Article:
Thomson Reuters Enterprise Collaboration Platform: Cortellis + JPharm
The client, Thomson Reuters, is a leading global provider of solutions for academia, corporations, and brands, which allows them to monitor the market, combine their efforts, and develop joint pharmaceutical projects. Based in Philadelphia, London, Beijing, and Tokyo, Thomson Reuters brings together specialists from all over the world. Cortellis is a collaboration system, which consists of a collection of scientific, healthcare, and financial information databases, which are being updated by Thomson Reuters employees and then purchased by their clients—pharmaceutical companies. Cortellis provides information about pharmaceutical products to all sides that may be interested in the development process of a certain sample: its development stage, market overview, etc. JPharm is an internal Cortellis platform for collaboration of editors in the field of chemistry, patent law, pharmacology, and medicine from all over the world, where they can upload and edit information about given medicine.
The client contacted NIX after years of collaboration with various other vendors and already had an unsuccessful experience of working with several remote teams: they could not coordinate the work properly and were unsatisfied with the results. At that time, JPharm was a collection of the various non-integral databases, which didn’t work properly as a united system. Editors who worked there couldn’t upload and alter the data in a proper way, found the work of the system inconvenient, and asked for improvements. Thomson Reuters didn’t have a full understanding of the platform’s architecture and couldn’t satisfy these requests—they could only maintain the system’s functionality, but couldn’t improve it. That is why they contacted NIX. Within a rather short period of time, the development team had to explore the complex architecture and understand where the problem was, and then solve it. The client also asked us to test the functionality of the whole collaboration platform, Cortellis, for which JPharm was an inner application. Since the platform included thousands of different databases, the task required the involvement of more than a 100 quality assurance specialists.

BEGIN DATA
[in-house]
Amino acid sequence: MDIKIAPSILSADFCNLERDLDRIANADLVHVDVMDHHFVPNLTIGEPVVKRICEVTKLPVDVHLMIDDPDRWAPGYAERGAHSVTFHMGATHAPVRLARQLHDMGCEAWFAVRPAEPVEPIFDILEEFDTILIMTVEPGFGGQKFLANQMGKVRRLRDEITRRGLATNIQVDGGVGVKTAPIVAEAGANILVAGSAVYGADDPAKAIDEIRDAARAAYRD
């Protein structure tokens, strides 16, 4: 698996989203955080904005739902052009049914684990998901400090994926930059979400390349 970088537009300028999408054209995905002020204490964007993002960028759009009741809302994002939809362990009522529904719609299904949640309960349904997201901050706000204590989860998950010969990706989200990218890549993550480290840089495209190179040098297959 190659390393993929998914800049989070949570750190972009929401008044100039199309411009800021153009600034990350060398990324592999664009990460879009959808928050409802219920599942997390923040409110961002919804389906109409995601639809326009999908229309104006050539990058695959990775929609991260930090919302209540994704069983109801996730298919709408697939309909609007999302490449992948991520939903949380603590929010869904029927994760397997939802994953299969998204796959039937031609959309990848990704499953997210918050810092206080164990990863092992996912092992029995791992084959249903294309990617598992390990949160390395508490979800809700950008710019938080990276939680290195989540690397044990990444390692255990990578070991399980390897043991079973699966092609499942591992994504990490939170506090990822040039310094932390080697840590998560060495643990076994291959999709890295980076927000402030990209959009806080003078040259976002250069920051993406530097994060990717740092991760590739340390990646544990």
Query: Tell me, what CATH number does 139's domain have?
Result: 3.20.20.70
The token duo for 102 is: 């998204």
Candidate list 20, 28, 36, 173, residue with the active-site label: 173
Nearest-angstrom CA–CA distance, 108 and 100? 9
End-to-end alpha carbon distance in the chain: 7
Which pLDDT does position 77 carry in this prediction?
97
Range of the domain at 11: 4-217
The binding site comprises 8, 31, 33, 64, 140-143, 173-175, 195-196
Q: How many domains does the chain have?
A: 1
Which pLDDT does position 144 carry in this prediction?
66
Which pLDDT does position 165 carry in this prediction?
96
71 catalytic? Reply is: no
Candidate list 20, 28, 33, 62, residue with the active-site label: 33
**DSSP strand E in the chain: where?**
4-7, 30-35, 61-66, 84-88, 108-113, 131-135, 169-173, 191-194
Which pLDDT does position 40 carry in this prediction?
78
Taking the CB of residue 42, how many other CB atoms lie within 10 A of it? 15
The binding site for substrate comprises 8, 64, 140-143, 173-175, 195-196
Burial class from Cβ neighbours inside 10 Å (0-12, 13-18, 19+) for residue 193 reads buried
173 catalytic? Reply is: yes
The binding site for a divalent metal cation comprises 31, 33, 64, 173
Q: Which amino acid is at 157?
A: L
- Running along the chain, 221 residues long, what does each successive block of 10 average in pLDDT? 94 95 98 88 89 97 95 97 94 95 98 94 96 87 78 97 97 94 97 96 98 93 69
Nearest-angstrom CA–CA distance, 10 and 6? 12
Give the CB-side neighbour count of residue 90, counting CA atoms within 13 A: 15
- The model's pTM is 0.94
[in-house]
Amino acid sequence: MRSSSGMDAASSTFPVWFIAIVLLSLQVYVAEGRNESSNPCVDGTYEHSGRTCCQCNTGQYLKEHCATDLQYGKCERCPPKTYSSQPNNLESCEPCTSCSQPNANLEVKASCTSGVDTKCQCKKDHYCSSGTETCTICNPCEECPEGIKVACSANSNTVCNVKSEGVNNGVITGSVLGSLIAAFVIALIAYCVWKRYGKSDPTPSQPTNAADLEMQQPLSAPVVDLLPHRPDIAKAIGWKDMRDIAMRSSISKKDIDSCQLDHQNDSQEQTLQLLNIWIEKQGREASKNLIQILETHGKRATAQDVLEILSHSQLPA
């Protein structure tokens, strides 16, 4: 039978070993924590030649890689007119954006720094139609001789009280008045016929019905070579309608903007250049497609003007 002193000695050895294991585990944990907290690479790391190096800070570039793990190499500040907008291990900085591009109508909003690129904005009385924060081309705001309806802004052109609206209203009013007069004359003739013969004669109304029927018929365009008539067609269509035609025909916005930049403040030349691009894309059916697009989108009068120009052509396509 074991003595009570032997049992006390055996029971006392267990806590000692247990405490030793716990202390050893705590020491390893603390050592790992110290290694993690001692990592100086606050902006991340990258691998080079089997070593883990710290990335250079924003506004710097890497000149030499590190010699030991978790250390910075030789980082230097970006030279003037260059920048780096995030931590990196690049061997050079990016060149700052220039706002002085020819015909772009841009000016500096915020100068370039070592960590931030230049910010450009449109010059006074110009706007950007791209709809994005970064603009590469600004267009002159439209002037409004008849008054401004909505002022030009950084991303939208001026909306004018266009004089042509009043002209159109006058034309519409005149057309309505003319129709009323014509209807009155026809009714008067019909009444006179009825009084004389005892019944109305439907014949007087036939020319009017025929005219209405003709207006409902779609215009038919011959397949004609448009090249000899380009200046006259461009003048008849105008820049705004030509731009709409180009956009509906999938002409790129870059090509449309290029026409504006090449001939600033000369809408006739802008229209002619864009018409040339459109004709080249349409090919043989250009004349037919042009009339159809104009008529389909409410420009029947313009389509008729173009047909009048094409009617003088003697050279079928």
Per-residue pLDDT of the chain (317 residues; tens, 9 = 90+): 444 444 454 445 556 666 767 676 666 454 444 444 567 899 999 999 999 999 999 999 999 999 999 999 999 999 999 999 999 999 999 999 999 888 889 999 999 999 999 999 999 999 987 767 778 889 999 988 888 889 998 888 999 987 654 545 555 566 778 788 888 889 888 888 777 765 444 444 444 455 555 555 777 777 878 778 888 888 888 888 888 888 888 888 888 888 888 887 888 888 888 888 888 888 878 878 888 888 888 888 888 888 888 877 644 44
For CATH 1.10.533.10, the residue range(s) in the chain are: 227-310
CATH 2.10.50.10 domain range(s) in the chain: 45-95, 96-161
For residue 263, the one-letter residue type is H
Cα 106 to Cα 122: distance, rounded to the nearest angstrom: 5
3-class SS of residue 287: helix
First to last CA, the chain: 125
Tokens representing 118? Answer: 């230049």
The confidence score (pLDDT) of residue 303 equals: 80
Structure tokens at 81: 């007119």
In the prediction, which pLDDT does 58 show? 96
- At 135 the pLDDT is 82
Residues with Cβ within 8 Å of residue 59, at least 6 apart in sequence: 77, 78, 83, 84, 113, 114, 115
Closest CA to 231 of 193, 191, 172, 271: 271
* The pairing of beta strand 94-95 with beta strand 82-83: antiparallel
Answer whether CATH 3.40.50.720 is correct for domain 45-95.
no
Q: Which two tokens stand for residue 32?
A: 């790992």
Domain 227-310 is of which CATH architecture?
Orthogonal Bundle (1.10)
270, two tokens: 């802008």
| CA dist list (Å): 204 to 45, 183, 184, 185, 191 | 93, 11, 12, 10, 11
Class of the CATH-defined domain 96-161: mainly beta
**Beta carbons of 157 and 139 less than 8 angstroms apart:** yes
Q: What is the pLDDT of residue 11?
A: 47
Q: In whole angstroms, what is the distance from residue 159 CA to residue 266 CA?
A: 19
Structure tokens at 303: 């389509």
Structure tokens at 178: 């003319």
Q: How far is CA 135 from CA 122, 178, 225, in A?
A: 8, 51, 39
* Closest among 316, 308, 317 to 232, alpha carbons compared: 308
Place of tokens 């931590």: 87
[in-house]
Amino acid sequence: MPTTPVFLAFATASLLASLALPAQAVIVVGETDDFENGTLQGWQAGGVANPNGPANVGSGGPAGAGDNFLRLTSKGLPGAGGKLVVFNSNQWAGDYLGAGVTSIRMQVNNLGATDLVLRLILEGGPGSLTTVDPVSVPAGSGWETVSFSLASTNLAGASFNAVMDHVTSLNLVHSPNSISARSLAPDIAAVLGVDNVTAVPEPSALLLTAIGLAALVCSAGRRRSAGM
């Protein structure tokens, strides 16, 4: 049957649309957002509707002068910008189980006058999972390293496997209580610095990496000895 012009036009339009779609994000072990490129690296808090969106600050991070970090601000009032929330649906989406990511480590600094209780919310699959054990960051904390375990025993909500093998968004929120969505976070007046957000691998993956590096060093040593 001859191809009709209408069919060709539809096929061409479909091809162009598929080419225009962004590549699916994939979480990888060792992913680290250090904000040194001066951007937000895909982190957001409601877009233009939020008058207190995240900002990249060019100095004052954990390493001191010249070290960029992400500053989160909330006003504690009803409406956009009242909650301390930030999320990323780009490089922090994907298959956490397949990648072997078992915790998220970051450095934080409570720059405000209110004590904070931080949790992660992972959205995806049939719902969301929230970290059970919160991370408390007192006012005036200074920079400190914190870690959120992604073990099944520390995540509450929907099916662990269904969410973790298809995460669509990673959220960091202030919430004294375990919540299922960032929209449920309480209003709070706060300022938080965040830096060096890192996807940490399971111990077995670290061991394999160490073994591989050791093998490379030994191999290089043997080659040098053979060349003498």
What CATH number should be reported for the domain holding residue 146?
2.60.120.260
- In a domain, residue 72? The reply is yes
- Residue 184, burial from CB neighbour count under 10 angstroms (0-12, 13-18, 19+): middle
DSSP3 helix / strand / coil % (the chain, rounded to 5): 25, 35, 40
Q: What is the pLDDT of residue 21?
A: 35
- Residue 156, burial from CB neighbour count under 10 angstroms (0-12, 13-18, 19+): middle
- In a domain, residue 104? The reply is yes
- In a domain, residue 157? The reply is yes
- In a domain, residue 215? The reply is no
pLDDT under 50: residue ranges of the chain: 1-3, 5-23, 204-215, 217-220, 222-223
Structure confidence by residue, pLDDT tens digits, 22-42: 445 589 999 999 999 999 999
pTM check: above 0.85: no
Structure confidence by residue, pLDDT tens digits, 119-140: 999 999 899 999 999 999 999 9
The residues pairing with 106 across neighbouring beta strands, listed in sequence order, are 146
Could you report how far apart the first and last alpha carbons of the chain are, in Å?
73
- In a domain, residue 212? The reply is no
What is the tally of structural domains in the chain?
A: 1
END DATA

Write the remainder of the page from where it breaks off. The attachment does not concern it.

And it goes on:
After the client contacted NIX, the scale of the work was assessed. After numerous discussions and communications with the client, it was decided to transfer all development and quality assessment services from the previous teams to NIX. The team performed a number of steps, which led to the solution of the problem. Firstly, NIX specialists figured out the architecture of the system, which was quite fuzzy and complex, did reverse engineering, and created the architecture concept—an extensive document, which explained how the system and its features function. Secondly, The NIX development team detected all the weak points, which prevented the system from functioning properly. Afterward, the team revised layer systems, which made the integration of the new elements possible. As a final step, NIX experts developed new modules—data loaders—which simplified the editors’ work and made it more comfortable, as it became possible to easily upload data in the system in the required form and to do this automatically. At the same time, 180 quality assessment specialists worked on the project, conducting different types of manual and automation tests, including challenging data testing (The Data) to make sure that the data remain consistent and did not get lost after all of the transformations in the system. NIX started collaboration from a small team of three people: a BA, a Senior Java Developer, and his assistant and finished the work on the project in a team of 15.
Due to the professionalism and commitment of NIX specialists, the ability to deliver high-quality solutions, and to appoint an appropriate number of experts, the client received the desired product with the requested functionality. After the work was completed, the product effectively functioned for around four years until the company decided to sell it and did so successfully. As a result, the client got a well-functioning product with features which were absent in its initial form, and a clear understanding of how it should be updated and maintained, as NIX had also provided exhaustive documentation with all of the technical and architectural information for JPharm application. Thanks to the work of the QA specialists, the whole platform functioned with a minimal amount of defects. They developed a framework for automated testing (more than 10 000 automated tests), which allowed to speed up the development and deployment process of the platform. Working with NIX, the client gained an understanding that collaboration with a remote team can be successful and lead to favorable results. With that said they previously had many unsuccessful experiences in trying to build up productive cooperation with various vendors. When the platform was ready, functioned in the proper way, and was able to automatically control its functionality, Thomson Reuters decided to sell Cortellis to another company. The deal is considered successful and brought the company the possibility to develop other projects. Tech: JPharm – Java (EJB 2.0, SWING, JDBC), PL/SQL; Cortellis – QA Services: Development, QA (manual/automation), Tech Publication, Business Analysis